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Alumni Publications

News from Alumni


Named in the Top Ten: Naureen Ali, S12

Each year, TFA selects a few second-year corps members, that they feel exemplify the TFA core values and the vision of transformational teaching and leadership at the highest level, to receive the Sue Lehmann Excellence in Teaching and Leadership Award. It's the biggest award given to corps members within Teach for America.

Naureen Ali just completed her second year of working with Teach For America down in Houston, TX; and was selected by her region to represent Houston (over 250 corps members in our region) in the national competition. She was placed in the national competition and out of 5,500 corps, was named as one of this year’s top 10 TFA teachers in America!!!!!!!!!!  She is the first Brandeis student to place so high in TFA’s national competition.   A HUGE congratulations to you, Naureen!

Naureen Ali, '12

Currently teaching summer school and returning for a 3rd year in the classroom, Naureen is also taking her MCAT this summer, as medical school will always be her dream.  However her experience with TFA has affirmed her commitment to fighting for children and addressing injustice on all levels; and as a physician, she hopes to continue this work.

Tajikistan

Rachel Landauer '09
Toronto, Canada

Rachel Landauer '09 writes from Tajikistan: "This is a very curious country, especially because Central Asia is a region I have never known much about. It's a whirlwind of dichotomy: modern shops (like an Adidas store) and open air bazaars; Russian, Tajik and Pamiri speakers; women in miniskirts alongside women in Hijabs; people who cling to the security provided to them by the Soviets in the past and people who embrace Tajik independence; Russian opulence and austereness alongside traditional Tajik warmth and simplicity.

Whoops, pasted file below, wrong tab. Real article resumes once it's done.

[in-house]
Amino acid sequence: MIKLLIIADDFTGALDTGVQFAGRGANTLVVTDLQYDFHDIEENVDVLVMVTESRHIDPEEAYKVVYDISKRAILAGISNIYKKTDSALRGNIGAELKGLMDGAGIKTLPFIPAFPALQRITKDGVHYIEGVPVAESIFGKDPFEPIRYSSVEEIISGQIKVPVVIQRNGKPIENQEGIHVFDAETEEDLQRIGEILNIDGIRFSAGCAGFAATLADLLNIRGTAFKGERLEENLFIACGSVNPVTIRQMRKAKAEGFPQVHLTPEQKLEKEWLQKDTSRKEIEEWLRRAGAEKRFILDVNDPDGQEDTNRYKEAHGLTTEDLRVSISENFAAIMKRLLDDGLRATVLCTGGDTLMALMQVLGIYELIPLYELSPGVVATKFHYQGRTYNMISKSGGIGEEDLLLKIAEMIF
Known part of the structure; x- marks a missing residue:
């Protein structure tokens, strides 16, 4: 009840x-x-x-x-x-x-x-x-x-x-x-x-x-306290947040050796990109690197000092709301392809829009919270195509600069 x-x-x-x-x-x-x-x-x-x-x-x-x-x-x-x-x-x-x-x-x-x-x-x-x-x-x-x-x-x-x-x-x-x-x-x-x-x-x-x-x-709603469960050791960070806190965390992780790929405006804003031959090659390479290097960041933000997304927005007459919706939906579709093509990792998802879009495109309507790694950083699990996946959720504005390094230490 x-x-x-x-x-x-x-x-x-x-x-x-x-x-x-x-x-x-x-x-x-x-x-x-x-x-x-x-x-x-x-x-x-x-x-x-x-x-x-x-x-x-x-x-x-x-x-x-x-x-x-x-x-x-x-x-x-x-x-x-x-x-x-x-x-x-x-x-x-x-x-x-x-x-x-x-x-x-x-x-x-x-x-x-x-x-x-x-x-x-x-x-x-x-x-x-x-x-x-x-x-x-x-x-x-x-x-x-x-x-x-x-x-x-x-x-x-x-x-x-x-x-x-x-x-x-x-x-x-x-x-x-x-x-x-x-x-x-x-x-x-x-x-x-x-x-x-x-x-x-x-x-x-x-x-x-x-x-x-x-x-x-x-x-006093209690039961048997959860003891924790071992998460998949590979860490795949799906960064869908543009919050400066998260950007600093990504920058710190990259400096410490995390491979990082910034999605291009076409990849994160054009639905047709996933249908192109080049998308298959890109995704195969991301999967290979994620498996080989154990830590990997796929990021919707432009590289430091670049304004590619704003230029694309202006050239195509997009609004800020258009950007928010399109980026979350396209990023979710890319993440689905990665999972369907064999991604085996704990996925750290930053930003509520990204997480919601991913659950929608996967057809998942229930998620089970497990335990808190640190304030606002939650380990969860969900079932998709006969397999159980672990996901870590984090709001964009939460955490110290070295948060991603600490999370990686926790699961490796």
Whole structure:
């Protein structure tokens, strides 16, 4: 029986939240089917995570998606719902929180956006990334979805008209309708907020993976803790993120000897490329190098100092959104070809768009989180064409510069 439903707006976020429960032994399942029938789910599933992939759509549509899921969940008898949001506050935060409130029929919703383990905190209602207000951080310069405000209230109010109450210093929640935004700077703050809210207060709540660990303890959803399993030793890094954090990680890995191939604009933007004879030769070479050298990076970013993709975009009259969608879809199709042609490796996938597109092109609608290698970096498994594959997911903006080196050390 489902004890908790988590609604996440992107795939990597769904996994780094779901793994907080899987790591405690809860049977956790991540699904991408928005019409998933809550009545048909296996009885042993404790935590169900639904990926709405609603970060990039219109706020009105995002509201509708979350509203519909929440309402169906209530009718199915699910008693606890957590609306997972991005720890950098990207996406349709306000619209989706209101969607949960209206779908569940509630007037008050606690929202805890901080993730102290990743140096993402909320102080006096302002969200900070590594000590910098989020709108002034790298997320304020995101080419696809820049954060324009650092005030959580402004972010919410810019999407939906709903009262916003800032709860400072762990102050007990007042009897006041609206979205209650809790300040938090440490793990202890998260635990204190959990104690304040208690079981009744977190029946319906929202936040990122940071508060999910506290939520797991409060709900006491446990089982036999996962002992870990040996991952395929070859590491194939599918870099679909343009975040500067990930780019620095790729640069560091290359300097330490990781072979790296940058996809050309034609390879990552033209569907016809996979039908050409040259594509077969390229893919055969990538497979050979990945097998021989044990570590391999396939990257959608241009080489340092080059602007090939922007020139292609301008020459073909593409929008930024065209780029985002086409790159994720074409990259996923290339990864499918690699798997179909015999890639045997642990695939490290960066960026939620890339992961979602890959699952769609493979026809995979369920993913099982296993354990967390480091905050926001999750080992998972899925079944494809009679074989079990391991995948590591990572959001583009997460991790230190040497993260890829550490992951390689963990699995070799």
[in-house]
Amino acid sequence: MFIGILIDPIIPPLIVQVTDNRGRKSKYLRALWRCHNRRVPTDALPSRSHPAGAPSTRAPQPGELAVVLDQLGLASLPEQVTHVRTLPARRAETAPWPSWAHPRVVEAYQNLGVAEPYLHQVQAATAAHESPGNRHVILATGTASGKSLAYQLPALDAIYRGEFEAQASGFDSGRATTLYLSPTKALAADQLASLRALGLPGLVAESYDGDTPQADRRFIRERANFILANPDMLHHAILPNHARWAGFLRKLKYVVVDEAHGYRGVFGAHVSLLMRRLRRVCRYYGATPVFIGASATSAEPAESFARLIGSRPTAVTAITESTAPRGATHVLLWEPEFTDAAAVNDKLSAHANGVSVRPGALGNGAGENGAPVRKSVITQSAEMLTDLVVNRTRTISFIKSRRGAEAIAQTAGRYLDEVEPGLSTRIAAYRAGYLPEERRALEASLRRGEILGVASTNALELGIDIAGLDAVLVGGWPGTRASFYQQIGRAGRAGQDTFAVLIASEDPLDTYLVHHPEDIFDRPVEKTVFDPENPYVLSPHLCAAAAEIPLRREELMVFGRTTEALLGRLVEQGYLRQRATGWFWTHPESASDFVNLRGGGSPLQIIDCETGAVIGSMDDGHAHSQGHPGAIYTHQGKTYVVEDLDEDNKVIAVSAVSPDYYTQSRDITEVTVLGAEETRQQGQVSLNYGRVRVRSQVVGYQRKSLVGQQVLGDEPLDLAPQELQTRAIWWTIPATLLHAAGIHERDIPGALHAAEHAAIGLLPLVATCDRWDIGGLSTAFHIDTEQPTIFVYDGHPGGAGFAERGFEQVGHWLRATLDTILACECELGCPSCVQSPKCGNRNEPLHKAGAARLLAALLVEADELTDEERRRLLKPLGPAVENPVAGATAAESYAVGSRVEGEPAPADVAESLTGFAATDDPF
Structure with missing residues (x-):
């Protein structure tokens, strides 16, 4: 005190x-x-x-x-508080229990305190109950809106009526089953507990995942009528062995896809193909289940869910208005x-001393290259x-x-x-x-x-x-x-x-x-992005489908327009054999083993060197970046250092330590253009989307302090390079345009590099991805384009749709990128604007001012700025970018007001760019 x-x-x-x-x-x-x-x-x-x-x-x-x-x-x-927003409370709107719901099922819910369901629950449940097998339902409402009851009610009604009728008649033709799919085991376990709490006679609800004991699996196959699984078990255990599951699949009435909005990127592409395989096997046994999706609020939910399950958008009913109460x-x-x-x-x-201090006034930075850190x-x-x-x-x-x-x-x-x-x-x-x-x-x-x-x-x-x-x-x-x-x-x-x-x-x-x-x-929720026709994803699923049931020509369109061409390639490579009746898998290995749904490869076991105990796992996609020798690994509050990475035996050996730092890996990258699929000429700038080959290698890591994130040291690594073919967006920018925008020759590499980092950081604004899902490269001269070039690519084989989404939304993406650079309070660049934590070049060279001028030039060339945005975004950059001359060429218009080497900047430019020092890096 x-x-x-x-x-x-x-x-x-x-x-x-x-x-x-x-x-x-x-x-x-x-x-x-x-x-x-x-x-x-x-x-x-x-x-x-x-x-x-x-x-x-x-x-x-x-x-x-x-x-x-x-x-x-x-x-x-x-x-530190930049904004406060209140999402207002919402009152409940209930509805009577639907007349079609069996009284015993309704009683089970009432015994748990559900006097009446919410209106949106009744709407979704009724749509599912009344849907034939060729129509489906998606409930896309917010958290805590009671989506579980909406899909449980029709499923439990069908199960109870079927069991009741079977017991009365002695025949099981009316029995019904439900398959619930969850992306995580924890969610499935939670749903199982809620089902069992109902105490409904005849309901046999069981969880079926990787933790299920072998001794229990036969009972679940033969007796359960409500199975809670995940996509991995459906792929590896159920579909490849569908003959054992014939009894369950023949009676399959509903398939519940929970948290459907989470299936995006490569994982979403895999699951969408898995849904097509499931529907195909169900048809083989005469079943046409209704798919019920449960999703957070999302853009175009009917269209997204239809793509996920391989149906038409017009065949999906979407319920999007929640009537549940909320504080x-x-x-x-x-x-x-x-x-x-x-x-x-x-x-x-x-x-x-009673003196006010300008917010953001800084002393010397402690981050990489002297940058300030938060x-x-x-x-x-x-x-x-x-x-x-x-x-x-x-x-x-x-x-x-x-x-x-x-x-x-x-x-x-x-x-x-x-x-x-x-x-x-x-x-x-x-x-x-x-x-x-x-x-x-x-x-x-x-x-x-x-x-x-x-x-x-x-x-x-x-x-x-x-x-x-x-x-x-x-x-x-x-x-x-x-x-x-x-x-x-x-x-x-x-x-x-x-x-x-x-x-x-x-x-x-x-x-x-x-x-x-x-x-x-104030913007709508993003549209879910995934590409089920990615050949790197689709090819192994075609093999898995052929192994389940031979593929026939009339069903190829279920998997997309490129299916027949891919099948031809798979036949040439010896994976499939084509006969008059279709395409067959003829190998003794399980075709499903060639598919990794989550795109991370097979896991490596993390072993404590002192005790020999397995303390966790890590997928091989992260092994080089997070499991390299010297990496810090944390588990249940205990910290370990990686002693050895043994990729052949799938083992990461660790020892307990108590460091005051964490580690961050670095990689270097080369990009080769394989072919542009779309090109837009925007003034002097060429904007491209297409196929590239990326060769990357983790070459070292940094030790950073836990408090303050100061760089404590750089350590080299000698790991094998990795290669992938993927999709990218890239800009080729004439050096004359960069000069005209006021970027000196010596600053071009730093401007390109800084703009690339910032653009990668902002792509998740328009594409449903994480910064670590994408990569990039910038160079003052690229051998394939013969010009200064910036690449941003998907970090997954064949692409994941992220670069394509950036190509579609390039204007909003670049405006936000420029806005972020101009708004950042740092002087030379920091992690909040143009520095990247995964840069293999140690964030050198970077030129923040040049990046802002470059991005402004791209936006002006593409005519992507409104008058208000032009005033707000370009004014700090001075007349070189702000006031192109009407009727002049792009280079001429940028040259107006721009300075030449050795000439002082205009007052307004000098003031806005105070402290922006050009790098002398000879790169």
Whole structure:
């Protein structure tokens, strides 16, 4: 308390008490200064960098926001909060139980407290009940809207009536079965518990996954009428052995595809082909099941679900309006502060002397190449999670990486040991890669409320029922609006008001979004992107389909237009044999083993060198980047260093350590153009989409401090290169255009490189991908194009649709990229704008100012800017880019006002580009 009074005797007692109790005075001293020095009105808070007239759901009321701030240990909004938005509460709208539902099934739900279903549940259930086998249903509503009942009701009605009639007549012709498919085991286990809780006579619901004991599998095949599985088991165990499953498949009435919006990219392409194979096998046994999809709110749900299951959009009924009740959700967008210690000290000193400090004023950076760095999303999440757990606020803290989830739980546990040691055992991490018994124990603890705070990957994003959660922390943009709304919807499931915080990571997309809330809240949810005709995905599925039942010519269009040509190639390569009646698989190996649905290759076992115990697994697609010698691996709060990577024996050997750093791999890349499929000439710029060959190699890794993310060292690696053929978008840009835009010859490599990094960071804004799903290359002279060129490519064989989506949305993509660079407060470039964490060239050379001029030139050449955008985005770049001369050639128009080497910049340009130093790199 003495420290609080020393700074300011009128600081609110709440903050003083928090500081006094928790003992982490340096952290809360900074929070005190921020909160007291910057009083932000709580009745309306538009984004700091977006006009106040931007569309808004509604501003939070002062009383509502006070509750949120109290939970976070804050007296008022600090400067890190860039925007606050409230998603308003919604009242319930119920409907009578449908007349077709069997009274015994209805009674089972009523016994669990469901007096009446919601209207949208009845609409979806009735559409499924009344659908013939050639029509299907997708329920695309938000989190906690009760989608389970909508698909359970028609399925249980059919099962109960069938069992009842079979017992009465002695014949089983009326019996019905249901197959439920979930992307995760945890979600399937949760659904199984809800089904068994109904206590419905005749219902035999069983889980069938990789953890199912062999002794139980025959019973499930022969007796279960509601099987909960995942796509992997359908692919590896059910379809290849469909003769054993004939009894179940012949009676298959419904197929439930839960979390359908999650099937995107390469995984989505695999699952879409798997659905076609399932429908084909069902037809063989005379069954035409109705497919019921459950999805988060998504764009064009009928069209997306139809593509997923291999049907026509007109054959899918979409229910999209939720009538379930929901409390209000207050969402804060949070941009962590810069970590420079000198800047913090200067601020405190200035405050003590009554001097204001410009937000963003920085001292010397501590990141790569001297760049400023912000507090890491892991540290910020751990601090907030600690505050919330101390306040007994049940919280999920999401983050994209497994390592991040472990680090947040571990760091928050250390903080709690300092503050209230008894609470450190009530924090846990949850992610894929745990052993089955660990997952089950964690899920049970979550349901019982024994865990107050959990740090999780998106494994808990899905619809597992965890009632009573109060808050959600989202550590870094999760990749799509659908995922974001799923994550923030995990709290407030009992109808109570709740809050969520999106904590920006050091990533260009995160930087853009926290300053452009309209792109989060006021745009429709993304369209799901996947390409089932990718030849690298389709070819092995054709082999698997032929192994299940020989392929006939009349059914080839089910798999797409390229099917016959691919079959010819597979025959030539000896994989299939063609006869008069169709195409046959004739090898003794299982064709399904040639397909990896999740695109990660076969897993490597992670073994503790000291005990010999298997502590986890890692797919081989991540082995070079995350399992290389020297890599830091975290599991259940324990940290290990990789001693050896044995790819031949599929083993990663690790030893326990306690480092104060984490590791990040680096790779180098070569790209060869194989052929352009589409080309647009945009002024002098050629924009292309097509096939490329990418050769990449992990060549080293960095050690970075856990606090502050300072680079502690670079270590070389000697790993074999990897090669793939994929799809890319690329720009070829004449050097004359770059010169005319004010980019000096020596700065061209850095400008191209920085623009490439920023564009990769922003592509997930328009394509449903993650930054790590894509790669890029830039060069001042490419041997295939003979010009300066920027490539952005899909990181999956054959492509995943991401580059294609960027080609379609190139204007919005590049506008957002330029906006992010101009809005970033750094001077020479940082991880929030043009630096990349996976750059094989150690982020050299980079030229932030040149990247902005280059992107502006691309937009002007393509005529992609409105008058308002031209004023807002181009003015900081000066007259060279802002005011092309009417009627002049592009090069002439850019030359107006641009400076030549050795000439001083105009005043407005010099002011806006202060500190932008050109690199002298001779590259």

"Apart from wonderful culture, beautiful nature, a new language to learn and edible food (edible, not delicious), I am learning a lot about health in development. My placement is with the Aga Khan Health Service in Khorog, the administrative center of the Gorno Badakshan Semi Autonomous Oblast. Acting as a program assistant to a bunch of different projects, I get an interesting balance of office/desk work and being out in the field, which I appreciate.

"I have seen villages more geographically remote and isolated than I ever imagined, and I enjoy learning about barriers to development and ways to extend health services to these places (how to use solar energy to power hospitals and schools, how to create employment opportunities, how to improve diet and nutrition through greenhouses, etc.)  The remains of the Soviet infrastructure of public services and safety nets, no longer supportable under the Tajik government, makes for another interesting context. For example, health care provision is largely free to the population but (a) it's of poor quality (b) hospitals and primary health facilities do not have the technology/supplies they need (c) salaries are so low that there is a severe shortage of trained health professionals and (d) patients are forced to pay out of pocket, informal bribes for services."